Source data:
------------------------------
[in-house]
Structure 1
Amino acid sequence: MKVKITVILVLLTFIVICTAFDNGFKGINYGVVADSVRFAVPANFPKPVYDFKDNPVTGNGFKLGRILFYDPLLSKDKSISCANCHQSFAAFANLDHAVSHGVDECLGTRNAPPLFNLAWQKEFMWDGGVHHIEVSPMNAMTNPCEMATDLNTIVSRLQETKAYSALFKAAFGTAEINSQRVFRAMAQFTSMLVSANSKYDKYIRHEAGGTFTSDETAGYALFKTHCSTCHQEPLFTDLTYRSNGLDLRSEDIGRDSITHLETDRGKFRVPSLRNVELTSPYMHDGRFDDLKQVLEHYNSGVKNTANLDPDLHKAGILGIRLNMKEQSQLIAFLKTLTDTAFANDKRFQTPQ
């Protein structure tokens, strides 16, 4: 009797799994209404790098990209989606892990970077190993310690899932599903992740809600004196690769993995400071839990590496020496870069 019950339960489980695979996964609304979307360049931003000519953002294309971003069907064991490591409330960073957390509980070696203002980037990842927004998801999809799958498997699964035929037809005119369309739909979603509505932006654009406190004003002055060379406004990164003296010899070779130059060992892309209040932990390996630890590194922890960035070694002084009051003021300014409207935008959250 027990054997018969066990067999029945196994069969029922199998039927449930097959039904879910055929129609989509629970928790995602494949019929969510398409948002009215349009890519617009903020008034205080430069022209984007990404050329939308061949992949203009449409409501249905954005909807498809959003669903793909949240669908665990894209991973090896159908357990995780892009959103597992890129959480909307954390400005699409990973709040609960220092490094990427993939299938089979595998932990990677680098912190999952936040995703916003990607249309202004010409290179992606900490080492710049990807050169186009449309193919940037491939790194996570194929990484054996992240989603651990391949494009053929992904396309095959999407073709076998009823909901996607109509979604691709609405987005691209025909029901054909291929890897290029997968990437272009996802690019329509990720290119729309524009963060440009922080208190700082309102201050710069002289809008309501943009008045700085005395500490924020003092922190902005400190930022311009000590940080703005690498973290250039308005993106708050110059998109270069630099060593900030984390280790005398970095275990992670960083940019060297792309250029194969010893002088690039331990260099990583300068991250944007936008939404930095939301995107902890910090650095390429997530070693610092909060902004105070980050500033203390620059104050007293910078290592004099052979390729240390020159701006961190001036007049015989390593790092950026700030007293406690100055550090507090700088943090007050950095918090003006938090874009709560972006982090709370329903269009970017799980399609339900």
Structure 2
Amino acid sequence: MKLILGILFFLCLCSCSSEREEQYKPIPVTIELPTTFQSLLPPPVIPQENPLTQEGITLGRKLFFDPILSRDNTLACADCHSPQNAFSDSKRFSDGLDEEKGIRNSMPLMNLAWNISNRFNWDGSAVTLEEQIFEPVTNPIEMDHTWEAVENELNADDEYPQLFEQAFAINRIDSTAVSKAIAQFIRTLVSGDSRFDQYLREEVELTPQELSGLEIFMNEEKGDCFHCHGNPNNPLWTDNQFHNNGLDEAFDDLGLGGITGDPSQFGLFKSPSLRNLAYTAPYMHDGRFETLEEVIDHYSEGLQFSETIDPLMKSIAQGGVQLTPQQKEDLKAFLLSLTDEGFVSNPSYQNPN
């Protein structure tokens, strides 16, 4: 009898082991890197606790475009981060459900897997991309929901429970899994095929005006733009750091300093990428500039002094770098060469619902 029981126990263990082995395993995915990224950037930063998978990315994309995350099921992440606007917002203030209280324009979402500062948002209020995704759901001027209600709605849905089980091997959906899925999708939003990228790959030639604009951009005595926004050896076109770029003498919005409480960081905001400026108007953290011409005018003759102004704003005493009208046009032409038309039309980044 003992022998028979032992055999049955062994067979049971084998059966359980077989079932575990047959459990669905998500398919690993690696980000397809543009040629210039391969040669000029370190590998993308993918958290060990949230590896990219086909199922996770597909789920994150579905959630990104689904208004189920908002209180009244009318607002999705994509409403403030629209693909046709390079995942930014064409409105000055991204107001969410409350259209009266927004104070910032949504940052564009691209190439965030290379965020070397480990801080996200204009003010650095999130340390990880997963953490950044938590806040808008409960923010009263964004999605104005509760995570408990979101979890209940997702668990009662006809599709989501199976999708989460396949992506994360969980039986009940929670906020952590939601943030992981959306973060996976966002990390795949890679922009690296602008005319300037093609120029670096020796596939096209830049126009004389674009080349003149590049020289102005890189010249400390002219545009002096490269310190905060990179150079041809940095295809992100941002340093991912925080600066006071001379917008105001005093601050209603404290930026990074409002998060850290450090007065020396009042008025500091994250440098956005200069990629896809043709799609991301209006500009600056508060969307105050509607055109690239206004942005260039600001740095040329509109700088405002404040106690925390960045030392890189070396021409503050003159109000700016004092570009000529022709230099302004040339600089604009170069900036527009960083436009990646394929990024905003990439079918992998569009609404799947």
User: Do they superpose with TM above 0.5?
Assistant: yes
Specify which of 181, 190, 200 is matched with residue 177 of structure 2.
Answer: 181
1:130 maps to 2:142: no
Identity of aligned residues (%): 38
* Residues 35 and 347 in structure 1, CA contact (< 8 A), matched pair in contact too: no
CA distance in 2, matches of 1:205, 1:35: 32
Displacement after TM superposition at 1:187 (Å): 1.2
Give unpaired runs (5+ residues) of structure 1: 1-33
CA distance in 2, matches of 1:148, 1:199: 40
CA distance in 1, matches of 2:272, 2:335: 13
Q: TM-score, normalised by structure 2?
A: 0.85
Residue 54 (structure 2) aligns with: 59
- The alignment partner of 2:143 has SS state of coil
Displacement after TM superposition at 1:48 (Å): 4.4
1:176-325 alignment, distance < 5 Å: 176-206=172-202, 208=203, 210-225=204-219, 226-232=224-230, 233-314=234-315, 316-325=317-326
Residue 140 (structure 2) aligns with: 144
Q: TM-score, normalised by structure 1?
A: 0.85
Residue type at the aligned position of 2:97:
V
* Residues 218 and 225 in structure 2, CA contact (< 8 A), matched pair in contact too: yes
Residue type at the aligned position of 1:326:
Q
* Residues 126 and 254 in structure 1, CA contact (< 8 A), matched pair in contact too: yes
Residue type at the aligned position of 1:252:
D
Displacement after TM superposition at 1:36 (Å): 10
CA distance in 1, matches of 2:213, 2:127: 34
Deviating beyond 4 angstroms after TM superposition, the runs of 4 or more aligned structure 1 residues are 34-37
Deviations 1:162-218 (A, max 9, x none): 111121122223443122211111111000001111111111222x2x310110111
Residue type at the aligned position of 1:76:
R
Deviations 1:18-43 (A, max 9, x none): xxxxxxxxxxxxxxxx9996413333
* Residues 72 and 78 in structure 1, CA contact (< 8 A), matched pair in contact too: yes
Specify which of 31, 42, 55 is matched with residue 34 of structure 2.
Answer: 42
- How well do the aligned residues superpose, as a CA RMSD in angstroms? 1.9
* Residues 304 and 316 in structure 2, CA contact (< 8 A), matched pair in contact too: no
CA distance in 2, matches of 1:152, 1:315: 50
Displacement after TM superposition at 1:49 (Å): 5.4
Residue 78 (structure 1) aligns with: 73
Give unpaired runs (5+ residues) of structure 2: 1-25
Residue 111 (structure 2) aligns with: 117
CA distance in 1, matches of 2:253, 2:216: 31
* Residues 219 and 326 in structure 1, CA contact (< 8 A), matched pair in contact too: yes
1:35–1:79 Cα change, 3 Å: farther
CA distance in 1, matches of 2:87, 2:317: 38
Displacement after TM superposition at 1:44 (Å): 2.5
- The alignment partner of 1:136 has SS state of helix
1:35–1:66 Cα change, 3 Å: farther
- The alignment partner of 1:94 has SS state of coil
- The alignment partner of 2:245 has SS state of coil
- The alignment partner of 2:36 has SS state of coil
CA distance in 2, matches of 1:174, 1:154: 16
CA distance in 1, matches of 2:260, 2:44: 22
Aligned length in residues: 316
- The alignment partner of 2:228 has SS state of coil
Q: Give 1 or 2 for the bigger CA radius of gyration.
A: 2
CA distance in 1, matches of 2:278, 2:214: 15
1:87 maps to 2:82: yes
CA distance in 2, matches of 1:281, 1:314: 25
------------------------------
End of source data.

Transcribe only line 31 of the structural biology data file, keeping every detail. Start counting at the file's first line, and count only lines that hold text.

* Residues 218 and 225 in structure 2, CA contact (< 8 A), matched pair in contact too: yes